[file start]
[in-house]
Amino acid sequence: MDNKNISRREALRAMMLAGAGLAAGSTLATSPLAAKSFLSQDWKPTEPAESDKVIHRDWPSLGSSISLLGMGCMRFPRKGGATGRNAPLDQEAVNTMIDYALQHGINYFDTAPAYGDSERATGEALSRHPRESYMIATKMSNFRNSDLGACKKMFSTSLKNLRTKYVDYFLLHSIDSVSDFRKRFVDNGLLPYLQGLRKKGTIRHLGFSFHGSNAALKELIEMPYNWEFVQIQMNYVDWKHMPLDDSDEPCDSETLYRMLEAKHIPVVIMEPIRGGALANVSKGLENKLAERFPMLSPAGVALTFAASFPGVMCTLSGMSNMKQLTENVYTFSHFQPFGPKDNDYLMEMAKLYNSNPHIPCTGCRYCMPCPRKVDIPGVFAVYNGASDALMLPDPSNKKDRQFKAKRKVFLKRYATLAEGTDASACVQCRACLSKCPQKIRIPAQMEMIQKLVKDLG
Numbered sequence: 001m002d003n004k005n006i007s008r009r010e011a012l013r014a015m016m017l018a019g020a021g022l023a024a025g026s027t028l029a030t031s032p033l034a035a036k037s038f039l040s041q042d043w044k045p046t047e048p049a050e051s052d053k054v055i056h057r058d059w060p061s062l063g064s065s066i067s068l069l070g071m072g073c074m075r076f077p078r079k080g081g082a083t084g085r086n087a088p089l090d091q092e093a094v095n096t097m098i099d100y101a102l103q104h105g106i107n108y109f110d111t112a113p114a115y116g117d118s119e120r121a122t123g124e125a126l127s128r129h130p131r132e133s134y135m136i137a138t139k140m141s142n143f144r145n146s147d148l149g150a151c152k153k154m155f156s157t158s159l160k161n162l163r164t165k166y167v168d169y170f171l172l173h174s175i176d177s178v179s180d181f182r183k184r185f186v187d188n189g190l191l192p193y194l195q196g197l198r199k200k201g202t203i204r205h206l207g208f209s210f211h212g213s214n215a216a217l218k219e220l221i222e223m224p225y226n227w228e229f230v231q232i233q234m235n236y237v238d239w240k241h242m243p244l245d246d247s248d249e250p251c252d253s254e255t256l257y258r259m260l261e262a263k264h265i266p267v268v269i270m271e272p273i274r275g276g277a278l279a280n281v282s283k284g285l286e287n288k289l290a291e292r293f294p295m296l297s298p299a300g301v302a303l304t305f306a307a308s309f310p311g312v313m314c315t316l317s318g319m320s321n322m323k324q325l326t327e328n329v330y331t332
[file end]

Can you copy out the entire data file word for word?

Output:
[in-house]
Amino acid sequence: MDNKNISRREALRAMMLAGAGLAAGSTLATSPLAAKSFLSQDWKPTEPAESDKVIHRDWPSLGSSISLLGMGCMRFPRKGGATGRNAPLDQEAVNTMIDYALQHGINYFDTAPAYGDSERATGEALSRHPRESYMIATKMSNFRNSDLGACKKMFSTSLKNLRTKYVDYFLLHSIDSVSDFRKRFVDNGLLPYLQGLRKKGTIRHLGFSFHGSNAALKELIEMPYNWEFVQIQMNYVDWKHMPLDDSDEPCDSETLYRMLEAKHIPVVIMEPIRGGALANVSKGLENKLAERFPMLSPAGVALTFAASFPGVMCTLSGMSNMKQLTENVYTFSHFQPFGPKDNDYLMEMAKLYNSNPHIPCTGCRYCMPCPRKVDIPGVFAVYNGASDALMLPDPSNKKDRQFKAKRKVFLKRYATLAEGTDASACVQCRACLSKCPQKIRIPAQMEMIQKLVKDLG
Numbered sequence: 001m002d003n004k005n006i007s008r009r010e011a012l013r014a015m016m017l018a019g020a021g022l023a024a025g026s027t028l029a030t031s032p033l034a035a036k037s038f039l040s041q042d043w044k045p046t047e048p049a050e051s052d053k054v055i056h057r058d059w060p061s062l063g064s065s066i067s068l069l070g071m072g073c074m075r076f077p078r079k080g081g082a083t084g085r086n087a088p089l090d091q092e093a094v095n096t097m098i099d100y101a102l103q104h105g106i107n108y109f110d111t112a113p114a115y116g117d118s119e120r121a122t123g124e125a126l127s128r129h130p131r132e133s134y135m136i137a138t139k140m141s142n143f144r145n146s147d148l149g150a151c152k153k154m155f156s157t158s159l160k161n162l163r164t165k166y167v168d169y170f171l172l173h174s175i176d177s178v179s180d181f182r183k184r185f186v187d188n189g190l191l192p193y194l195q196g197l198r199k200k201g202t203i204r205h206l207g208f209s210f211h212g213s214n215a216a217l218k219e220l221i222e223m224p225y226n227w228e229f230v231q232i233q234m235n236y237v238d239w240k241h242m243p244l245d246d247s248d249e250p251c252d253s254e255t256l257y258r259m260l261e262a263k264h265i266p267v268v269i270m271e272p273i274r275g276g277a278l279a280n281v282s283k284g285l286e287n288k289l290a291e292r293f294p295m296l297s298p299a300g301v302a303l304t305f306a307a308s309f310p311g312v313m314c315t316l317s318g319m320s321n322m323k324q325l326t327e328n329v330y331t332